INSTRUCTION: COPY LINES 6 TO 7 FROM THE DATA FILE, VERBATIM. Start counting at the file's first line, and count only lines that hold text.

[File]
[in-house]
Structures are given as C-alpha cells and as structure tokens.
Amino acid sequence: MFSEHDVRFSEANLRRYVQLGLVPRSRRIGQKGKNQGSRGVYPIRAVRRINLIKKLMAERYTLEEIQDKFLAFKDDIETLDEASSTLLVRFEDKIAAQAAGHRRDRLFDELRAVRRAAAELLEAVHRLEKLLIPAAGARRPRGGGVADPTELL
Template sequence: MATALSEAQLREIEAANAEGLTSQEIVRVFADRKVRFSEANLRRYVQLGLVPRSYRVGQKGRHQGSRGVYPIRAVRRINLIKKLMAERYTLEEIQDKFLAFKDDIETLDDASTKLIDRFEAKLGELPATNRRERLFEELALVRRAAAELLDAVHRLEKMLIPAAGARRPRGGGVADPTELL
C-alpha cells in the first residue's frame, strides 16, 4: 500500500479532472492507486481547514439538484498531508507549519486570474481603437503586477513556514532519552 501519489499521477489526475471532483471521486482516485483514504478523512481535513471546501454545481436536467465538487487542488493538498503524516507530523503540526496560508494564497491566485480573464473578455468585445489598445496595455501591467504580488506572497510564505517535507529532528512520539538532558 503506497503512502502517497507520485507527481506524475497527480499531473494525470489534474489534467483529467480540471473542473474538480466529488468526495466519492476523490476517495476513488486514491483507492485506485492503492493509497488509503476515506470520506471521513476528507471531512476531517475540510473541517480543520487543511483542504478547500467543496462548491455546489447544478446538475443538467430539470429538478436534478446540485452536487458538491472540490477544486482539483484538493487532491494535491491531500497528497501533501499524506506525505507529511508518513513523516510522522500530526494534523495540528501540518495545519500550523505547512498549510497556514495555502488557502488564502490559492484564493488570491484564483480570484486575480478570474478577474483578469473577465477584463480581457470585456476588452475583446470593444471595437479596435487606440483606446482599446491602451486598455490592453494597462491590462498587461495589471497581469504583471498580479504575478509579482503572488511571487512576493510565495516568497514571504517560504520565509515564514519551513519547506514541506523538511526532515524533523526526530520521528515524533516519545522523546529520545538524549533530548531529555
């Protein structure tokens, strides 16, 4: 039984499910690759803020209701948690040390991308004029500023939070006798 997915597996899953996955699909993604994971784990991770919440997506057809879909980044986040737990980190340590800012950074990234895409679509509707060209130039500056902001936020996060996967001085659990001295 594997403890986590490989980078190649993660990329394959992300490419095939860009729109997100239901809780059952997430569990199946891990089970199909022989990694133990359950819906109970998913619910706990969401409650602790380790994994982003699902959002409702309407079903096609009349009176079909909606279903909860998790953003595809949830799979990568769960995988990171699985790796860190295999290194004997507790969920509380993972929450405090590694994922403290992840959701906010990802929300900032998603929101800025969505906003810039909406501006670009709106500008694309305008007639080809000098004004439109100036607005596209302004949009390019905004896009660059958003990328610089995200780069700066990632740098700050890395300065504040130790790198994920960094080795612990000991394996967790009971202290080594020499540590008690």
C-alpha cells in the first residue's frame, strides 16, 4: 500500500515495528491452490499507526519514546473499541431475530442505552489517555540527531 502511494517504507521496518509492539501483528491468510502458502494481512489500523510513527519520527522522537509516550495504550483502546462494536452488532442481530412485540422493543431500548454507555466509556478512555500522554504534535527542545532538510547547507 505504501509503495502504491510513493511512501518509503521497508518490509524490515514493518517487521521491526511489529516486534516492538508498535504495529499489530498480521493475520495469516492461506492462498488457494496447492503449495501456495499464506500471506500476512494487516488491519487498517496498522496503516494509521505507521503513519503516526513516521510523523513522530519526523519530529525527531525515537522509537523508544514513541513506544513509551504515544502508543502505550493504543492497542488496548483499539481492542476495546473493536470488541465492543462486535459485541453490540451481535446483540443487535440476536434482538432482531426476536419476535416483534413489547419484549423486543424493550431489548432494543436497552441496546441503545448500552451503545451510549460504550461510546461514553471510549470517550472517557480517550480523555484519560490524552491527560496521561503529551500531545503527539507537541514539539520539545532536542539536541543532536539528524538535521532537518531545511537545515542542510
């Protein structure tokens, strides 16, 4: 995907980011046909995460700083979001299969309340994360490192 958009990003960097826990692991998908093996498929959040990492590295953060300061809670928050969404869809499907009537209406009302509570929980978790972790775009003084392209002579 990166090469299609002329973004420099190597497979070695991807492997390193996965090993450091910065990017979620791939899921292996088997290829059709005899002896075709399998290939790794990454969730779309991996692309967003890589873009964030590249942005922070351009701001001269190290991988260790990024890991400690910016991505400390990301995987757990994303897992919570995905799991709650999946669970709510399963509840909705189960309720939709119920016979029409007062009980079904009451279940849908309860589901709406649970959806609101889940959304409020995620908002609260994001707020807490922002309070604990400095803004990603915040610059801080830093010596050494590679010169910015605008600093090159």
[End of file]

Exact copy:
């Protein structure tokens, strides 16, 4: 039984499910690759803020209701948690040390991308004029500023939070006798 997915597996899953996955699909993604994971784990991770919440997506057809879909980044986040737990980190340590800012950074990234895409679509509707060209130039500056902001936020996060996967001085659990001295 594997403890986590490989980078190649993660990329394959992300490419095939860009729109997100239901809780059952997430569990199946891990089970199909022989990694133990359950819906109970998913619910706990969401409650602790380790994994982003699902959002409702309407079903096609009349009176079909909606279903909860998790953003595809949830799979990568769960995988990171699985790796860190295999290194004997507790969920509380993972929450405090590694994922403290992840959701906010990802929300900032998603929101800025969505906003810039909406501006670009709106500008694309305008007639080809000098004004439109100036607005596209302004949009390019905004896009660059958003990328610089995200780069700066990632740098700050890395300065504040130790790198994920960094080795612990000991394996967790009971202290080594020499540590008690």
C-alpha cells in the first residue's frame, strides 16, 4: 500500500515495528491452490499507526519514546473499541431475530442505552489517555540527531 502511494517504507521496518509492539501483528491468510502458502494481512489500523510513527519520527522522537509516550495504550483502546462494536452488532442481530412485540422493543431500548454507555466509556478512555500522554504534535527542545532538510547547507 505504501509503495502504491510513493511512501518509503521497508518490509524490515514493518517487521521491526511489529516486534516492538508498535504495529499489530498480521493475520495469516492461506492462498488457494496447492503449495501456495499464506500471506500476512494487516488491519487498517496498522496503516494509521505507521503513519503516526513516521510523523513522530519526523519530529525527531525515537522509537523508544514513541513506544513509551504515544502508543502505550493504543492497542488496548483499539481492542476495546473493536470488541465492543462486535459485541453490540451481535446483540443487535440476536434482538432482531426476536419476535416483534413489547419484549423486543424493550431489548432494543436497552441496546441503545448500552451503545451510549460504550461510546461514553471510549470517550472517557480517550480523555484519560490524552491527560496521561503529551500531545503527539507537541514539539520539545532536542539536541543532536539528524538535521532537518531545511537545515542542510